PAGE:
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Whipped cream frosting question

  • l
  • LAmonkeygirl Oct 3, 2005 11:51 PM

I have several cake cookbooks that feature flavored whipped cream as a filling and/or frosting for cakes. If I wanted to make one of these whipped cream frostings, what is the furthest in advance I can fill and frost a cake with them? I noticed that some cookbooks call for stabilized whipped cream while others don't, but the benefits and detriments of these different techniques may be are somewhat fuzzy. I'd love some advice on this topic, since I'd like to try a frosting other than the typical buttercream, and whipped cream can be very light and pleasing in contrast with cake layers. Thanks.

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  1. I frosted a cake with stabilized whipped cream (just lightly sweetened and stabilized with Oetkers, which I found at the grocery store) for Labor Day. I frosted it about 3 hours in advance and kept it in the fridge until ready to serve.

    1. You want to get Oketer's Whip-It, it is available in most grocery stores. It stablizes whipped cream and keeps it from colapsingor weeping for several hours.

      1. i've been using an organic whipping/heavy cream recently that has a higher milk fat content (about 6% if i recall correctly). it whips up in, literally, seconds (to the point of being almost an ice cream in texture if i don't watch it). it holds well for a day without any special handling (i just put it in a bowl in the colder part of the frig), and does not weep or collapse at all in that time frame.

        1 Reply
        1. re: mark
          c
          curiousbaker

          Did you mean 60%? Most commercial heavy creams are around 40%-50%; in my area the first is called whipping, and the second heavy, although the exact percentages differ by producer. The higher the fat content, the more stable the mixture.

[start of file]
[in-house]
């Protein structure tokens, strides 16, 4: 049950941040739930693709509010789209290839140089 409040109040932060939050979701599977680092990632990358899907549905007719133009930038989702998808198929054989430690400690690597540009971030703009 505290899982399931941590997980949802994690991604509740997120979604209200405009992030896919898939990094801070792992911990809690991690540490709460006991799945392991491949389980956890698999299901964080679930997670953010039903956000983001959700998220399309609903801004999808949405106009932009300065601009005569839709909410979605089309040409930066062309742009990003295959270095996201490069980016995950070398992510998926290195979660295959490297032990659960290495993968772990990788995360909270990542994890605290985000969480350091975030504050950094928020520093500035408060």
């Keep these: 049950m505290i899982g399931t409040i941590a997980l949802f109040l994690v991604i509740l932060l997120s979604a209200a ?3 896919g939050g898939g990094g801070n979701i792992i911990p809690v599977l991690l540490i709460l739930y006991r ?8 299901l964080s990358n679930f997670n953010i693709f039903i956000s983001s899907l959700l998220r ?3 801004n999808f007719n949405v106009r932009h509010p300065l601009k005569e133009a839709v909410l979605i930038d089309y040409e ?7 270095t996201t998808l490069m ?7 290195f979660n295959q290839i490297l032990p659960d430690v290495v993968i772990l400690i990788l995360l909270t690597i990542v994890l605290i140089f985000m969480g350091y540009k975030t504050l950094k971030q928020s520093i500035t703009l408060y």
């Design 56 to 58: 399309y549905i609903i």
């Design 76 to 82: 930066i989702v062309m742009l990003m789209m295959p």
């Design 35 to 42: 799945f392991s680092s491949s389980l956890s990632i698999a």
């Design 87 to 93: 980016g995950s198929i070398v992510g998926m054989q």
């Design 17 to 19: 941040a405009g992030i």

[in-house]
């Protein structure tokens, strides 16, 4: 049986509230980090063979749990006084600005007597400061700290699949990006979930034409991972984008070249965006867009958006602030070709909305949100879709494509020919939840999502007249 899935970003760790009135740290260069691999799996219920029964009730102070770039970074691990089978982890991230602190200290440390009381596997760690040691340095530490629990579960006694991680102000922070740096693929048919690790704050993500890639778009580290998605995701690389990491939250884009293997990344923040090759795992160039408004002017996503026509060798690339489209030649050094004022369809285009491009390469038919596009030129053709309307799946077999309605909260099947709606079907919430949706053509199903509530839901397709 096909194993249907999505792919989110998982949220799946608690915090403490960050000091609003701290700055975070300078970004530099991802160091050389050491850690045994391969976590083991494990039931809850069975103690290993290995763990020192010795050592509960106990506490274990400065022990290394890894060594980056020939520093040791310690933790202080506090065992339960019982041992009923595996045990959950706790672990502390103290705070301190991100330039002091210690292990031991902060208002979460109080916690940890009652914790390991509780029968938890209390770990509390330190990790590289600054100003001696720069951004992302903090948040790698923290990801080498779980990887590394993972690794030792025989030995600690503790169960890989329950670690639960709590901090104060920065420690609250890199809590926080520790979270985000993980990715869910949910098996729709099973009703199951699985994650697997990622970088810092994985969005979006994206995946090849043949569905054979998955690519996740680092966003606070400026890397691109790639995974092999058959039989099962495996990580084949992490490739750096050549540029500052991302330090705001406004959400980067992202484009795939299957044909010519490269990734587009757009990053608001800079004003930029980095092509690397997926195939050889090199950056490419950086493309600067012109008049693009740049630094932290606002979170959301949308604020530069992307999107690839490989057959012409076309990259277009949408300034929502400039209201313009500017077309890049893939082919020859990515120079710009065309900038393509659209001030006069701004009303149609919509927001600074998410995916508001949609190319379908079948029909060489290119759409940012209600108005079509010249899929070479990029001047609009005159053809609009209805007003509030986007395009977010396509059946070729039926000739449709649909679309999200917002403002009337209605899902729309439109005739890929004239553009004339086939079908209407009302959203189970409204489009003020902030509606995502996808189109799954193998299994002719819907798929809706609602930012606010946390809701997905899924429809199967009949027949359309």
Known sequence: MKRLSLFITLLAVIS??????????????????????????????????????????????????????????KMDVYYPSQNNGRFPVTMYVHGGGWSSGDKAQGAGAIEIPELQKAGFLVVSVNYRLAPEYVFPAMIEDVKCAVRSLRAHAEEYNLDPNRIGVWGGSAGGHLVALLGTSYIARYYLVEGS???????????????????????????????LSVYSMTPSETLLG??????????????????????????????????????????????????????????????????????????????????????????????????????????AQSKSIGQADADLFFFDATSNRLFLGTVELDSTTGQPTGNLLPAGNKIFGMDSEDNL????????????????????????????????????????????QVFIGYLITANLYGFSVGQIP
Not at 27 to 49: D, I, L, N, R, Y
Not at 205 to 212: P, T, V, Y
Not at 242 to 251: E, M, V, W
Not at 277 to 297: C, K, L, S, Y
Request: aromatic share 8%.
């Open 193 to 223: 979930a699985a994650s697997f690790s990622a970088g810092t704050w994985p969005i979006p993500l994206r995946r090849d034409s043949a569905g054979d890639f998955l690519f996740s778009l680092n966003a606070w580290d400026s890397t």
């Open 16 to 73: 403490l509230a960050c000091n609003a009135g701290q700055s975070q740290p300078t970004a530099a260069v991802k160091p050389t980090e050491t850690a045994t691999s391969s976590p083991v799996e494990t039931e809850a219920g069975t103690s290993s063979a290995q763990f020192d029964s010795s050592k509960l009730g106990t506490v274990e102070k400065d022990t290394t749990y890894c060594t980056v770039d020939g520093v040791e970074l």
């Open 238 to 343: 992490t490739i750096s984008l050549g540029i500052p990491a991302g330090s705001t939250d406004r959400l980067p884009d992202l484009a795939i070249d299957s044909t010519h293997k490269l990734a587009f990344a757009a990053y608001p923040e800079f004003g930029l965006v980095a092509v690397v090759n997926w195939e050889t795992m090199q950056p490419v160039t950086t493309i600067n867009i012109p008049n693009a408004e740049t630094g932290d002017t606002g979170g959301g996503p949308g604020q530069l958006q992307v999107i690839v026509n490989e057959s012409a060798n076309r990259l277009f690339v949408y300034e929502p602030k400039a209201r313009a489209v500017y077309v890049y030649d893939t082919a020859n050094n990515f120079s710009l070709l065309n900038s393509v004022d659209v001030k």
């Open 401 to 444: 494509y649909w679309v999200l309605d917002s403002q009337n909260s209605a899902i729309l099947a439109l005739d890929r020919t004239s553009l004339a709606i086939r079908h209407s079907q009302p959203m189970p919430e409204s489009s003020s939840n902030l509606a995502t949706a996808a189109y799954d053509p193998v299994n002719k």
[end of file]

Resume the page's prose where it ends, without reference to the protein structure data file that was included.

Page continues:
Powdered sugar, as mentioned above, also helps. Keeping the cake very cold helps as well. You can use gelatin to stabilize, but it's a tad tricky - after all, the gelatin needs to be warm enough to be liquid, the cream needs to be cold. The first few times you try it, you'll probably end up with strands of gelatin in your cream, but the process can be mastered with a little effort.

          With gelatin or commercial instant stabilizers, you can usually leave your cream overnight. If you don't use anything but good heavy cream, a cold fridge, and powdered sugar, I would asse4mble your dessert as soon before eating as possible, but no more than a few hours ahead.

          Link: http://seasonalcook.blogspot.com

        2. I've heard chefs add confectioner's sugar rather than granulated, I guess the cornstarch stabilizes the cream to some extent?

          1. Don't know about the cornstarch in powdered sugar but I've always put it in my whipped cream because I learned it years ago in the restaurant bus. When I use whipped cream for cakes I add gelatin to it, I read in in The Cake Bible and my cakes hold up beautifully.

            1 Reply
            1. re: 4chowpups

              me too. Powder sugar dissolve better too.

              I've found once you frost the cake, it won't whip...while a bowl of whipped cream will.